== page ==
The pilot program will expand the following academic year to add additional schools.
Sixty high schools across the United States have started offering Advanced Placement courses on African American studies amid the nationwide upheaval over race-based curriculum.
The College Board, a non-profit organization, announced a pilot program in February and courses began this month with the start of the school year. The curriculum will be an interdisciplinary look at the history of civil rights, as well as African American music, literature, the arts and humanities, political science, geography, science -- and will explore the vital contributions and experiences of African Americans.
The first of its kind, the pilot program will expand the following academic year to add additional schools. The course is expected to be available to all interested high schools in the 2024-25 school year, allowing time to secure valuable credit and placement policies at colleges and universities, according to the College Board.
High school teachers involved in the African American Studies pilot gathered at Howard University this summer to review the course framework and prepare for the course launch, part of the comprehensive support that AP offers for educators, the College Board explained in a statement to CNN.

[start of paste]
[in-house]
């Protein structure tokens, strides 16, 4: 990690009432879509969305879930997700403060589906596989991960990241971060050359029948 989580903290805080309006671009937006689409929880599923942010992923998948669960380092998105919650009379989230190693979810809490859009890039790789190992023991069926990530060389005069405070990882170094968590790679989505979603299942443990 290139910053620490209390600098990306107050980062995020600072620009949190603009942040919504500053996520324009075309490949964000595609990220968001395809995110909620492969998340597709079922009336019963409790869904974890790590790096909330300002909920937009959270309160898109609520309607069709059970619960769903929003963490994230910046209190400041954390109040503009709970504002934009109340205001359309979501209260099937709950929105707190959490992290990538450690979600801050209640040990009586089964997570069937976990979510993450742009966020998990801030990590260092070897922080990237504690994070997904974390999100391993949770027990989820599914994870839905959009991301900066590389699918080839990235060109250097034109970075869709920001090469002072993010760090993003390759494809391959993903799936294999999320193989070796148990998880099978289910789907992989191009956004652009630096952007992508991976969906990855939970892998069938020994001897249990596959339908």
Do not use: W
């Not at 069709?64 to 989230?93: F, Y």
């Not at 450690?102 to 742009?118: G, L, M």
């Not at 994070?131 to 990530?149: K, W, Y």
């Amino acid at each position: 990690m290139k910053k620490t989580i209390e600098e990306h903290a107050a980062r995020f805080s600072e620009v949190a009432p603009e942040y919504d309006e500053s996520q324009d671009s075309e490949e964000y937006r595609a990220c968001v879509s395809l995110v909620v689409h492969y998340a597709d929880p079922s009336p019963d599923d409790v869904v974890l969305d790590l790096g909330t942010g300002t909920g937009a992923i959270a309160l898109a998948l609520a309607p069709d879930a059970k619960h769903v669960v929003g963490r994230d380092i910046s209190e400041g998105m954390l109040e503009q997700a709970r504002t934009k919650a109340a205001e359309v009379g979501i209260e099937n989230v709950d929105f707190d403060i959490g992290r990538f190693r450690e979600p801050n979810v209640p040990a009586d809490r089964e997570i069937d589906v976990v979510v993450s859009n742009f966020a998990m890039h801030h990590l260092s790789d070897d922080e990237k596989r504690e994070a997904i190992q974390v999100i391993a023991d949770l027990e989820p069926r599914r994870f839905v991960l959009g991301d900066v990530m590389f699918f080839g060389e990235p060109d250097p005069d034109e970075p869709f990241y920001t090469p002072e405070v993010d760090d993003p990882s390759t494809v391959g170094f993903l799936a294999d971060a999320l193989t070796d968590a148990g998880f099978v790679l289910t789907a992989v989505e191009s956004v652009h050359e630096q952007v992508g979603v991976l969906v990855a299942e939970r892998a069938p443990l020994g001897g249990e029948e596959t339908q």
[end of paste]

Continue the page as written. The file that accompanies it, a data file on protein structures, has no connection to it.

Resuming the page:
Renowned educator Dr. Henry Louis Gates, Jr. hailed the new curriculum, saying the course work is "rigorously vetted" and should not be confused with the critical race theory concept, which has become a social and political lightning rod.
"Nothing is more dramatic than having the College Board launch an AP course in a field - that signifies ultimate acceptance and ultimate academic legitimacy," Gates said in a statement. "AP African American Studies is not CRT. It's not the 1619 Project. It is a mainstream, rigorously vetted, academic approach to a vibrant field of study."
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